I often tell the story of Ronald Read, the man who passed away at age 92 in Rhode Island and left his $8 million fortune to a local library and hospital. Read was a World War II veteran who served in North Africa, pumped gas and finally retired as a janitor from JCPenney in 1997.

Read had put together a stock portfolio that was all household names. One of his top positions was McCormick & Company (MKC), and that stock just so happened to be the “Stock of the Day” yesterday.

MKC rallied 8.5% on more than 3X the average volume yesterday after reporting earnings results that beat the Street driven by strong sales in the United States.

  • Americas: +22.25%
  • Europe, the Middle East and Africa: +1.5%
  • Asia/Pacific: +14.7%

One of the reasons sales popped in the Americas was the performance in the recently acquired food business from Reckitt Benckiser Group, which includes Frank’s RedHot sauce and French’s mustard. Management said, “Both our consumer and flavor solutions segments contributed to our constant currency sales growth of 16%. Growth in both segments was led by incremental sales from the Frank’s and French’s portfolio.”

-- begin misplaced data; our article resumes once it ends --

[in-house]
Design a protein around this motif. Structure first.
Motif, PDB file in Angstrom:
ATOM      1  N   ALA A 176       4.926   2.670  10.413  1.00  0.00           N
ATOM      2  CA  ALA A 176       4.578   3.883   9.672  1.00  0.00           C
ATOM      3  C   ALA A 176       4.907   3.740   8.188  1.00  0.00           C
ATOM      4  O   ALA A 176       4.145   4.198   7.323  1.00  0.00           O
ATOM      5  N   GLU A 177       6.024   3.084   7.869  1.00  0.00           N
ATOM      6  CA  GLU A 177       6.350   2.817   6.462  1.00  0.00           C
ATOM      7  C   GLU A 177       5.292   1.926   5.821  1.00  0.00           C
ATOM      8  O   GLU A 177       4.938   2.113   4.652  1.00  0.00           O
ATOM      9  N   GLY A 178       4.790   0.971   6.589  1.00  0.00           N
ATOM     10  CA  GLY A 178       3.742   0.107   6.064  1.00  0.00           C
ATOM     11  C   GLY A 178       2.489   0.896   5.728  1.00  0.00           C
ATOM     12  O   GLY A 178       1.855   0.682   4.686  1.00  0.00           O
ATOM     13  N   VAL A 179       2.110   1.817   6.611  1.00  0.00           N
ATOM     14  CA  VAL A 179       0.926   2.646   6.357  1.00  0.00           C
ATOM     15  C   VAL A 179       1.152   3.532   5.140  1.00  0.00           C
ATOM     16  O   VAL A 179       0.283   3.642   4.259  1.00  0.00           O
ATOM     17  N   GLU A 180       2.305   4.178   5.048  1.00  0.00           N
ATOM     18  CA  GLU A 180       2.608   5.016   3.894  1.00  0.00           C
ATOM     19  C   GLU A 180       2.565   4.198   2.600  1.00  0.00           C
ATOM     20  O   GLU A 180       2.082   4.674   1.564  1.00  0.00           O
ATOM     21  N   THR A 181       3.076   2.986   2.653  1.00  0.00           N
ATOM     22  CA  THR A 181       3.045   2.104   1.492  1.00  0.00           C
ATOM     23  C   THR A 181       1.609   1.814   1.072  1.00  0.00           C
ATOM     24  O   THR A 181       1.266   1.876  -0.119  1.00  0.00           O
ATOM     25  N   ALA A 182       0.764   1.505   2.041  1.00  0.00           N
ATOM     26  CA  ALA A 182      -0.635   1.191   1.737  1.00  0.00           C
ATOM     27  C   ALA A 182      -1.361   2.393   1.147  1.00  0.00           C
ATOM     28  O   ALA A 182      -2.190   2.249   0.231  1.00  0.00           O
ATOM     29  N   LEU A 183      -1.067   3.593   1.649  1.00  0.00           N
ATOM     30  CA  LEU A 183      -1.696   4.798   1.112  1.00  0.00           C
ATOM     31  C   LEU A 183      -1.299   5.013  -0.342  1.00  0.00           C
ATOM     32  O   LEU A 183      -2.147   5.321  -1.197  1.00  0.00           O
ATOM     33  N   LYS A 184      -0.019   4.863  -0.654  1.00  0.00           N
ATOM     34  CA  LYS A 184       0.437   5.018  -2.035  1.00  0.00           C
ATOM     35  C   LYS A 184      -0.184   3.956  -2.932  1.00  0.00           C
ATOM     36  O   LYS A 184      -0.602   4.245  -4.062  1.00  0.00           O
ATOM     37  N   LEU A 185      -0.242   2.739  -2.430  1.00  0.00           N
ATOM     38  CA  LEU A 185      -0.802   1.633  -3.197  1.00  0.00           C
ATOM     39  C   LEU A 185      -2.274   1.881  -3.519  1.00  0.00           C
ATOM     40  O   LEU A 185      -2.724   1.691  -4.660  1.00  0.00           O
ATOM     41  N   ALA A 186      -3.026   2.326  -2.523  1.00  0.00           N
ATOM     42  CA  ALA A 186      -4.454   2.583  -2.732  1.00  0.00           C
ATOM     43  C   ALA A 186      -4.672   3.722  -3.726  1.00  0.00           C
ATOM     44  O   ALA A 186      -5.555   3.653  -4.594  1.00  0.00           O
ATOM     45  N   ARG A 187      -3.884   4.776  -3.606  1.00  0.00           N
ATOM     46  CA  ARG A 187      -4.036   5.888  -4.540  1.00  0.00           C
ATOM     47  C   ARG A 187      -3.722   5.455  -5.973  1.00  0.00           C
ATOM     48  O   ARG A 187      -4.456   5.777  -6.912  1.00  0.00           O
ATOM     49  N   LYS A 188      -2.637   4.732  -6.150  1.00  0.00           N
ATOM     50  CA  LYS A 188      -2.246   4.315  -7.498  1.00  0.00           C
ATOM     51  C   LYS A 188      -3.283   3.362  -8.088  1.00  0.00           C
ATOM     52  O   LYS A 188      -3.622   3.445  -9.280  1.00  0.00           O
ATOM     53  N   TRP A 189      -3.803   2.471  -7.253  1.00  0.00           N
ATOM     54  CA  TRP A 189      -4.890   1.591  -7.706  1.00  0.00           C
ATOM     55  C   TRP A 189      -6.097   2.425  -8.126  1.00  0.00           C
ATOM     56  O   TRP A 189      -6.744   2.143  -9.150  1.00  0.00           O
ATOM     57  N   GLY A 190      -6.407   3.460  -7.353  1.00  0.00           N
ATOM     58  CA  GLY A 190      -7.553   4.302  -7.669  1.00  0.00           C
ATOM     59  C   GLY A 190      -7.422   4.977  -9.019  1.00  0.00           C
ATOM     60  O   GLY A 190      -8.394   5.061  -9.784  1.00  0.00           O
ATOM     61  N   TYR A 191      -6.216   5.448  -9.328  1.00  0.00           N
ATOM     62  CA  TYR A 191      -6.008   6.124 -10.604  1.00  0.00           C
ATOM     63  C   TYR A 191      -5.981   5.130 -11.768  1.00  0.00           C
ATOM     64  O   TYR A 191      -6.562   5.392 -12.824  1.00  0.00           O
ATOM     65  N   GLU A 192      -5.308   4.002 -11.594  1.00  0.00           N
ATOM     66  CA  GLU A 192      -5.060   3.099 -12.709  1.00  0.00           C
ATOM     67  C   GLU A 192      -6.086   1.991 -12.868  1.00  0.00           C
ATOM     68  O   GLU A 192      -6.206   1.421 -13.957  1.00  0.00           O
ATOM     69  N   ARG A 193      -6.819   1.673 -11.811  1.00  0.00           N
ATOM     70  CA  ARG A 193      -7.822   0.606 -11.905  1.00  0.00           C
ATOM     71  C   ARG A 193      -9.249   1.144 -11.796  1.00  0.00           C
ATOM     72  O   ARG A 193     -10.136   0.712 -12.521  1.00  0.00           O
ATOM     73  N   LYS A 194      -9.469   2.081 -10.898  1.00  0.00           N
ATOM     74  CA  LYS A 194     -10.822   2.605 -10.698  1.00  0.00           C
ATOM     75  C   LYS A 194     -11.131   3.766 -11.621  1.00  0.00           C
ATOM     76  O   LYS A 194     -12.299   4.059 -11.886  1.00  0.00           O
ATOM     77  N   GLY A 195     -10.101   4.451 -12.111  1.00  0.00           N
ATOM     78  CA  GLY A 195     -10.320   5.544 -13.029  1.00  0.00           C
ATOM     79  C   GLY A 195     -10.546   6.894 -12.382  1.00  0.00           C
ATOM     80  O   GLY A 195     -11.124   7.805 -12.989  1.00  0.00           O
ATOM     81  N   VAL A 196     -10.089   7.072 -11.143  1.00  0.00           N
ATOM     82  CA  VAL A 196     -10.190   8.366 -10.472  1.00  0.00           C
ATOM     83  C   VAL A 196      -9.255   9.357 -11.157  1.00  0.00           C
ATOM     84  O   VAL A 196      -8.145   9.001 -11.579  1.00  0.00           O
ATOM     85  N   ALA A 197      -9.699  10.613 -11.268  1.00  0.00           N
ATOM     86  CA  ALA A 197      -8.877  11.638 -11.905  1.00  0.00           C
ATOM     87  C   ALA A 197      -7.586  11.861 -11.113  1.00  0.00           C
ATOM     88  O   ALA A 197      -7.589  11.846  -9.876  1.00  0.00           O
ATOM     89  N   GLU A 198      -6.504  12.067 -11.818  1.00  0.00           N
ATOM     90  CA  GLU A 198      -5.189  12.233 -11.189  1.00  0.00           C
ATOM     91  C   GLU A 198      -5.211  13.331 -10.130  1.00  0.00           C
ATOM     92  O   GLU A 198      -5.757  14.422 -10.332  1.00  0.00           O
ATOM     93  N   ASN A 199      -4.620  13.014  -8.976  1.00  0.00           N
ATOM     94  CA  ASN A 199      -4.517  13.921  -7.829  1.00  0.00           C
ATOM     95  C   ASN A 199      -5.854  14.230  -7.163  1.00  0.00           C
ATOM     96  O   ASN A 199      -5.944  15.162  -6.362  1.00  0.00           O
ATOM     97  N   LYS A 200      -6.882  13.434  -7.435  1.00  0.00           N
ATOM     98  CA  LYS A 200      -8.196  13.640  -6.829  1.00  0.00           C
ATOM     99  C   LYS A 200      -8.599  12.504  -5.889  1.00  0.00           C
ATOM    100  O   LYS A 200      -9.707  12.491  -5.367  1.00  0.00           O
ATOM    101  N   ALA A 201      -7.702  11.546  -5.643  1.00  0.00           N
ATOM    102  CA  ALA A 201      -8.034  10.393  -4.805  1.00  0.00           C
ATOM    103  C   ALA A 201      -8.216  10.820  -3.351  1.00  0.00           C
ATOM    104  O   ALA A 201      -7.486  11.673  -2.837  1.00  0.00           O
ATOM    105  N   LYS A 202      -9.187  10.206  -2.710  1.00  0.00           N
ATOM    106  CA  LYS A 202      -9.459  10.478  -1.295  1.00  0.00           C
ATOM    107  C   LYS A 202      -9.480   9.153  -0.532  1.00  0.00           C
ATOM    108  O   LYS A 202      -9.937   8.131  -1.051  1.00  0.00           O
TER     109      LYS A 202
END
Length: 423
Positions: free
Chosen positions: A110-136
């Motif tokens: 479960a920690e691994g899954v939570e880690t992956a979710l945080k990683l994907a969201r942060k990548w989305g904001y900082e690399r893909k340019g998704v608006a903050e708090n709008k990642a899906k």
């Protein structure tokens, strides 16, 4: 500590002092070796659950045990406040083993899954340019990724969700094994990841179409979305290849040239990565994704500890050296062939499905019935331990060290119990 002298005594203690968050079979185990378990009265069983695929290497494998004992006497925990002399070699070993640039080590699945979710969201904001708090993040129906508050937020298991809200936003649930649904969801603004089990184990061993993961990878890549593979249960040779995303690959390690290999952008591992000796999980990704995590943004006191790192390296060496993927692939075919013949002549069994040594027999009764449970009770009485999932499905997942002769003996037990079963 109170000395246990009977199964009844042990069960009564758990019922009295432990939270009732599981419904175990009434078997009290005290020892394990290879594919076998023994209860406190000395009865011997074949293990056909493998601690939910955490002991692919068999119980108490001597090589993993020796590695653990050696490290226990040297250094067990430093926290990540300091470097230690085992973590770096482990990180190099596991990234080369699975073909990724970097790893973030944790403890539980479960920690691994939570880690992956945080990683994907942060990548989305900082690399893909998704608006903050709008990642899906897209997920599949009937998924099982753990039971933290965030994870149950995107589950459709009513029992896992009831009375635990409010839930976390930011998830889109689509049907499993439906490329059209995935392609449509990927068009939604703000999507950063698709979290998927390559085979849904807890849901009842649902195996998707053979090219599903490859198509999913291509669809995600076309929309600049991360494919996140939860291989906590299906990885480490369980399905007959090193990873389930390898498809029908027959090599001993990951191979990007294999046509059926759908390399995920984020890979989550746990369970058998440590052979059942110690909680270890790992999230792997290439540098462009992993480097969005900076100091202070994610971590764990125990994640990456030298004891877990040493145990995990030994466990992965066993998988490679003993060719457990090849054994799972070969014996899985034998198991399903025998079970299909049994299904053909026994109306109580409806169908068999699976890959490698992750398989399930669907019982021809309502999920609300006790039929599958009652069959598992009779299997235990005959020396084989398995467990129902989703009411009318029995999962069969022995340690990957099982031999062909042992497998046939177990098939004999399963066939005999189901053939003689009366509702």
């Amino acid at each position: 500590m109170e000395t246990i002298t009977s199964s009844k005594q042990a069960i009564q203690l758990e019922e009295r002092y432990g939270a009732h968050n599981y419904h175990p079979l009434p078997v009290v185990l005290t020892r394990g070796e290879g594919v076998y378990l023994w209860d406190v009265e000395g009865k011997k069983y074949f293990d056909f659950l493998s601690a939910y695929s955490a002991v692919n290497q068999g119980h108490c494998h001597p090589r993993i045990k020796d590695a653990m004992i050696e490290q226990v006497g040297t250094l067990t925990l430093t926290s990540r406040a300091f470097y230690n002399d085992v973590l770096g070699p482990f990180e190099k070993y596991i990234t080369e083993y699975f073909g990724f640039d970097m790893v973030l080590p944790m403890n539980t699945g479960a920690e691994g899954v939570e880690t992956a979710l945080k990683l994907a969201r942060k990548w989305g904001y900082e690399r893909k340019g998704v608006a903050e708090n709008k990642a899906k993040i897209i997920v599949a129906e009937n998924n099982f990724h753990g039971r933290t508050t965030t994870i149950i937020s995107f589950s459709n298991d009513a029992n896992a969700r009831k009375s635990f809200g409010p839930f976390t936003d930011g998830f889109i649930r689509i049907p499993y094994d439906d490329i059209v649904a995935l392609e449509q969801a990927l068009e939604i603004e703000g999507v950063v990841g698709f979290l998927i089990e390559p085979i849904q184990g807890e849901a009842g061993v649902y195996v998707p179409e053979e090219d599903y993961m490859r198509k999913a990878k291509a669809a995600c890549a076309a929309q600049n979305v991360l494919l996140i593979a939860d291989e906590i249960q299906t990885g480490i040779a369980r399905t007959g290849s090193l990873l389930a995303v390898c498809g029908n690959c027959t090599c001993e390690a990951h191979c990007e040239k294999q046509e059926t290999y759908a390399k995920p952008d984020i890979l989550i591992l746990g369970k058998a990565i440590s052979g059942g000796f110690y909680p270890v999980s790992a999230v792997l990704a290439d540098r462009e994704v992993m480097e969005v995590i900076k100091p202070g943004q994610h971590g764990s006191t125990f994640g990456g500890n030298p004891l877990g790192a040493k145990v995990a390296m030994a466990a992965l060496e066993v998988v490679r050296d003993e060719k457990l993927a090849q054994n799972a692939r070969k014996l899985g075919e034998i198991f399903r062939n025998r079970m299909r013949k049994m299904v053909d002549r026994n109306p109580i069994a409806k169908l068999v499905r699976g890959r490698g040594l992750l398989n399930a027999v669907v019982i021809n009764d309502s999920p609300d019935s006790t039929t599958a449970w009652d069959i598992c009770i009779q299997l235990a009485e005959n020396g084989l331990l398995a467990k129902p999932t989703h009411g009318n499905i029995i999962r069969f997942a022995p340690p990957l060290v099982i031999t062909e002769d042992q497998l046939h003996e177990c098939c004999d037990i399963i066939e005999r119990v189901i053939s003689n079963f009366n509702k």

I have to say, I have two bottles of Frank’s RedHot in my fridge at home but I don’t own this stock. In fact, I bet 99% of its consumers never even thought of buying it.

MKC has been a quiet winner for a long time, rallying to $114 from $30 at its meltdown bottom. Sometimes “boring” can be a pretty boring investment strategy, but mostly the chart is a reminder that even stodgy names will have their moments – sometimes even years-long moments – of rapid increases in valuation.

This gets back to something I talk about all the time: People know so much more about investment opportunities than they give themselves credit for. At the end of the day, you create the market. All you have to do is pick your head up and take in the world around you.

I always fondly speak about my mother, who was instrumental in helping me fall in love with the stock market. For instance, years ago she told me, “You’ve got to go to HomeGoods and buy your stuff there.” HomeGoods is part of TJX Companies (TJX), which also includes other well-known stores like TJ Maxx and Marshalls. It’s one of the more impressive retail stories out there right now, and as a result I do invest in it from time to time.

The same thing happened with Burlington Stores (BURL). I can thank my mom for turning me onto this store a long time ago.

My mother was one of the best “indirect” stock pickers I have ever known. She didn’t spend her time trying to pick stocks, but boy did she know where the next huge trend was going to show up.

The takeaway from this story is simply this: Keep your eyes open to what you and those around you like, and then invest in what you know.